Bob Hawkins said...

Oddly, artists used to be able to produce undoubtedly great works which also met with public approval. But today, as Russell says, an artist has to choose between the two.

Maybe they're doing it wrong?

Bruce said...

"When the public cannot understand a picture or a poem, they conclude that it is a bad picture or a bad poem. When they cannot understand the theory of relativity they conclude (rightly) that their education has been insufficient."

This is no longer true in many/most academic fields today, even within down-to-earth engineering. The way the system is gamed is that professors hide within obscure language which was once needed to describe precise, complex ideas but very often now is simply used to make things opaque.

I read an excellent blog entry (forget where) that descibes this phenomenon in terms of bank checks vs (essentially) secret handshakes. A jargon term, like a bank check, should always be instantly redeemable for an exact, unique definition. The bad form of jargon is like a secret code in which redemption is discouraged in order to keep outsiders from understanding anything. The outsiders then assume that they're simply not educated enough.


It seems to me that the "artists" in the view above are all attempting to create a new market for their own goods while the pragmatic workers are trying to figure out how to create goods which meet the existing market needs of their customers.

I see this same behavior within industry, with some people always looking to build some totally new type of product/service to serve some perceived need while others work on innovation of existing products/services in an evolutionary process. My experience is that the latter is more difficult to do in the sense that it requires a lot more understanding of the unpleasant requirements/issues of who you're trying to serve and requires a lot more continuous work, but it has much better chances of success and almost always adds more value to society despite its lack of glamor.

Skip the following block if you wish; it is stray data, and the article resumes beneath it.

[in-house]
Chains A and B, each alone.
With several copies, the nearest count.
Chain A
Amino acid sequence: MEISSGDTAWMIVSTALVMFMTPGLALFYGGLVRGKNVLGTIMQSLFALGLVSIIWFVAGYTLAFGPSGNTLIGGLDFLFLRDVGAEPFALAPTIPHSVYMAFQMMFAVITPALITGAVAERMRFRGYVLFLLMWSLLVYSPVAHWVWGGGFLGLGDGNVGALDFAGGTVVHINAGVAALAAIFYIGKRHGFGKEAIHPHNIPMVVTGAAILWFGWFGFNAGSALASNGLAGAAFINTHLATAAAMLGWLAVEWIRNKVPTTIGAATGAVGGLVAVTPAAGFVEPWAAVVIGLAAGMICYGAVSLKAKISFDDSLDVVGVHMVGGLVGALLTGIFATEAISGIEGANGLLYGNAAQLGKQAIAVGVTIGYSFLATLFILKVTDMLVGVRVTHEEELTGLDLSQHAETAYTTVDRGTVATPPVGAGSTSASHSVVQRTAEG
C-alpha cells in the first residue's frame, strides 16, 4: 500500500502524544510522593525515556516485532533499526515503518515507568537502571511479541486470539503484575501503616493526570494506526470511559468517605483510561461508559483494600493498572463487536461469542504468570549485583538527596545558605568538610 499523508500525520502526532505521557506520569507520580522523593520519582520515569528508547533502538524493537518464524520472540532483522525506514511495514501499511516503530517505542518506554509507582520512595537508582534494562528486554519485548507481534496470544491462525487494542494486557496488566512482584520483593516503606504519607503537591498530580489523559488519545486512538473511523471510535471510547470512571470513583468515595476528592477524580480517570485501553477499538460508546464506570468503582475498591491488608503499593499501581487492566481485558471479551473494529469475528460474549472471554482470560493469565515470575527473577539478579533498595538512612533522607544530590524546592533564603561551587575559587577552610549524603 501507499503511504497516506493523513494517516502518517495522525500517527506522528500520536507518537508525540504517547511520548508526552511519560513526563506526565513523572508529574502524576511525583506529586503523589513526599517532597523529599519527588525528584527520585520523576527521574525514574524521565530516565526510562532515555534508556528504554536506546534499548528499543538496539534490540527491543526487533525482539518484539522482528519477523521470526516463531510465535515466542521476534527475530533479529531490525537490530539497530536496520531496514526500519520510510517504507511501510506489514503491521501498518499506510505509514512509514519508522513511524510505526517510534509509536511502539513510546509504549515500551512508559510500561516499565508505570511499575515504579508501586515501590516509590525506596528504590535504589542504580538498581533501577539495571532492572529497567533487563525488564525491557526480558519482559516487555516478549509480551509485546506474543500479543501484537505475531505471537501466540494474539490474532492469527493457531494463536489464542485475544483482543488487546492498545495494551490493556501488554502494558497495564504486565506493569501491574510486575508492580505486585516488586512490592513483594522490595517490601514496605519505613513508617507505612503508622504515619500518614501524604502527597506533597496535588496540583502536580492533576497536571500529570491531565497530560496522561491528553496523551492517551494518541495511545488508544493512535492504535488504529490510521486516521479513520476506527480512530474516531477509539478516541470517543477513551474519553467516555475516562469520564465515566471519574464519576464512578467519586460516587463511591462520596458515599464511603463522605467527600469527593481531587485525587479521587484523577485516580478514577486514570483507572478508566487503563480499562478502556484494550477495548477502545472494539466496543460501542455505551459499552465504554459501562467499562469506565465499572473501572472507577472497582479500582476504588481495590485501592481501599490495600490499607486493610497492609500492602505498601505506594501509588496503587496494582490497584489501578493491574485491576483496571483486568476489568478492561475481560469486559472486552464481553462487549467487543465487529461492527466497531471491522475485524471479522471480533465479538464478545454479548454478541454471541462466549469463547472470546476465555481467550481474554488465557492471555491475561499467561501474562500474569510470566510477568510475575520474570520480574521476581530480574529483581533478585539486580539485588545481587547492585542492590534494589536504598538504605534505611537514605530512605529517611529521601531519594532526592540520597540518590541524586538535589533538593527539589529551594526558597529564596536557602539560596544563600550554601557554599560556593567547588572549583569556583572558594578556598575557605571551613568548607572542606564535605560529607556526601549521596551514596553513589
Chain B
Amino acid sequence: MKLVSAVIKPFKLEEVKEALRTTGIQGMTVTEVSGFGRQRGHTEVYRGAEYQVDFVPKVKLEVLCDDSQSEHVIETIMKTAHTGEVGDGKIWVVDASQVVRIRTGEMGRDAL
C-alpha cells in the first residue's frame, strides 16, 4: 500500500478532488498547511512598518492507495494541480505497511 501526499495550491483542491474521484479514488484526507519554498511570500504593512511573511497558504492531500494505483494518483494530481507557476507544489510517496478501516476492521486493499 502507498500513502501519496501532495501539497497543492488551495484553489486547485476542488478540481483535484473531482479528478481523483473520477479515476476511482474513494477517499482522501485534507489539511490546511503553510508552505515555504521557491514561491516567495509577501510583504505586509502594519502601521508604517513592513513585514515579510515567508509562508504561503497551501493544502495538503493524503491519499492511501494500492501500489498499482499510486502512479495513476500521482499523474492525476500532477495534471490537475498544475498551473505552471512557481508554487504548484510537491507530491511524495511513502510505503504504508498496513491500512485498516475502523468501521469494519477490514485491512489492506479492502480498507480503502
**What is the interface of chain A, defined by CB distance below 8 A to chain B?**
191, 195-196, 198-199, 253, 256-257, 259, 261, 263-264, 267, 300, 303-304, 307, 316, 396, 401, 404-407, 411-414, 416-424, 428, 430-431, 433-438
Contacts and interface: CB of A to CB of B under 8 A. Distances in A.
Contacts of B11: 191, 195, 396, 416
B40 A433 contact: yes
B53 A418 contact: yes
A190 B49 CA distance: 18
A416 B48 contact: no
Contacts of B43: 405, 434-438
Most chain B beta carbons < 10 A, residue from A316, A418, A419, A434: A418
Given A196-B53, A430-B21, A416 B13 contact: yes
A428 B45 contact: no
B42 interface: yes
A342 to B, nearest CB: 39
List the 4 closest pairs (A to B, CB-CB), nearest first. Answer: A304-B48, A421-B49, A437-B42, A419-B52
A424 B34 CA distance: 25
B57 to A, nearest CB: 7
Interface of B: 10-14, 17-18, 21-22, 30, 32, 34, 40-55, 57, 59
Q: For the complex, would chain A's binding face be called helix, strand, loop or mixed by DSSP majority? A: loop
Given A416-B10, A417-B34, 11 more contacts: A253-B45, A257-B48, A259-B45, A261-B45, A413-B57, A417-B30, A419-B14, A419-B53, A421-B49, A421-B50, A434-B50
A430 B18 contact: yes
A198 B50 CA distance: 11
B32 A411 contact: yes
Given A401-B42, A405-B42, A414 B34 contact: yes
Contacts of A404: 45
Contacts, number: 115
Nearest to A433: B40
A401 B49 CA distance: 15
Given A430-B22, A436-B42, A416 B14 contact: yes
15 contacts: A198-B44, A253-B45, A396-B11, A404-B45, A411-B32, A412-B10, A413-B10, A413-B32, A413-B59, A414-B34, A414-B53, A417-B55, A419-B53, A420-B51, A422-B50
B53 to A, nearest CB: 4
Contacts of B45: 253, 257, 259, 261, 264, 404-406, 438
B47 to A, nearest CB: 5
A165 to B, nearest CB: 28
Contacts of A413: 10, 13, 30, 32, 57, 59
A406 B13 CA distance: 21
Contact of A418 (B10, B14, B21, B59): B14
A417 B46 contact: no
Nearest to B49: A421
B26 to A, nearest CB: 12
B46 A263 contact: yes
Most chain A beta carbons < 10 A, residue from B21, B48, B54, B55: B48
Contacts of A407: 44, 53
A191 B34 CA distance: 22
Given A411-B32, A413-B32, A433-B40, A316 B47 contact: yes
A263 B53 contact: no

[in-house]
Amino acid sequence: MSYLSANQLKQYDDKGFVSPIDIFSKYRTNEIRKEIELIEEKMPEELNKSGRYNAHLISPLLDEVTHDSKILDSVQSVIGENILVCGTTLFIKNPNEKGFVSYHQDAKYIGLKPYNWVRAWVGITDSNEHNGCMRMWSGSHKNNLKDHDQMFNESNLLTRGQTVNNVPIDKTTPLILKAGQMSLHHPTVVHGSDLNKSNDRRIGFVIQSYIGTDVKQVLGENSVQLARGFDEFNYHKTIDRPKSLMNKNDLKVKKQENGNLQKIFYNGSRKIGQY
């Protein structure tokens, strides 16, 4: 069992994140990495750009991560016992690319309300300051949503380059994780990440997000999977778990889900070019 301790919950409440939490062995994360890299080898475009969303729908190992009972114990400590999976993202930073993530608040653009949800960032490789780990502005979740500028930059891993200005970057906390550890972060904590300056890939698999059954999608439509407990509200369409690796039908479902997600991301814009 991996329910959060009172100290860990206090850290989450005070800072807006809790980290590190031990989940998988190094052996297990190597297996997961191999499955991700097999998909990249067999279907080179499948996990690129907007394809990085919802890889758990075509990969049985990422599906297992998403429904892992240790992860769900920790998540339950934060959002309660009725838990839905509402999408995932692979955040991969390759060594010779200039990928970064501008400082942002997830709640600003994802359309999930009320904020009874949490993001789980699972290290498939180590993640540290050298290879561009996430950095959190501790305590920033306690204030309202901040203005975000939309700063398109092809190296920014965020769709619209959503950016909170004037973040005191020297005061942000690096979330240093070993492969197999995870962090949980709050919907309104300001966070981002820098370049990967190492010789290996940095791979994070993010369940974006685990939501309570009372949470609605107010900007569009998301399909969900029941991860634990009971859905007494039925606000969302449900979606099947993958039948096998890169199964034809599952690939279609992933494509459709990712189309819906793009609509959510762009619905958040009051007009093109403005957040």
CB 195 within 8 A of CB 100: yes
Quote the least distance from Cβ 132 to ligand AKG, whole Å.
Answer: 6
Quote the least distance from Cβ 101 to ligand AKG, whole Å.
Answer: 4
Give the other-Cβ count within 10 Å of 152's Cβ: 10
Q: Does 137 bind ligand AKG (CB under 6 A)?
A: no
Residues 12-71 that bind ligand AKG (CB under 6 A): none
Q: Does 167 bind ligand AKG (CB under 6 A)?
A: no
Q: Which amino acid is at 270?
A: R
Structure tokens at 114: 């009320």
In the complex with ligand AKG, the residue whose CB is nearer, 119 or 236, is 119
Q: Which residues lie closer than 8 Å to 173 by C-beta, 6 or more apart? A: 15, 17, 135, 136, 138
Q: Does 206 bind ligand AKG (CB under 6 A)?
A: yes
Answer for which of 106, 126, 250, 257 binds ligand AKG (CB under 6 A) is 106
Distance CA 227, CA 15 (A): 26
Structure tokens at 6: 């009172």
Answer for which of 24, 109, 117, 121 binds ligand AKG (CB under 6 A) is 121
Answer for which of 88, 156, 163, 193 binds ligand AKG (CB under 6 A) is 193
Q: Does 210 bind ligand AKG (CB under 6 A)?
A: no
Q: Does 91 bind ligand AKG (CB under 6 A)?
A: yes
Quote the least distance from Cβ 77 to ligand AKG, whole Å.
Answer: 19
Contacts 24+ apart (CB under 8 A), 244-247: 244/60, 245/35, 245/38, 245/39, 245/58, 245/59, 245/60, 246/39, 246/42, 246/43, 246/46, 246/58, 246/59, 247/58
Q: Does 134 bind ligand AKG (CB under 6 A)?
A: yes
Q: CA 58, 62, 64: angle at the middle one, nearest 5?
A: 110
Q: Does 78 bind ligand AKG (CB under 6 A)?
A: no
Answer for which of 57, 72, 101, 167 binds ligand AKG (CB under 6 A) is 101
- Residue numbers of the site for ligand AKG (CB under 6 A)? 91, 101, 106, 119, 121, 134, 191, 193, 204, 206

I would argue that most of the true artists of today: the Leonardos, Michelangelos, Donatellos, and Raphaels* are in industry "selling out" for cash rather than making "high art". I have no idea whether their marriage happiness is highly correlated with their creative satisfaction. I suspect that's very dependent on the individual.

* yes, I picked those names on purpose :-)

Anonymous said...

The theme of self and society never gets old. Your thoughts are sound, but you've chosen the wrong philosopher. To go further, look to Adam Smith and John Nash.

Smith taught us that we serve society by serving ourselves. Nash realized that we also serve ourselves by serving society. What Russsell never got to, was the essential element of productivity. Nobody benefits from junk. If art doesn't produce something that is generally amusing or useful, it is a waste of time and effort. That's just self-gratification for the artist.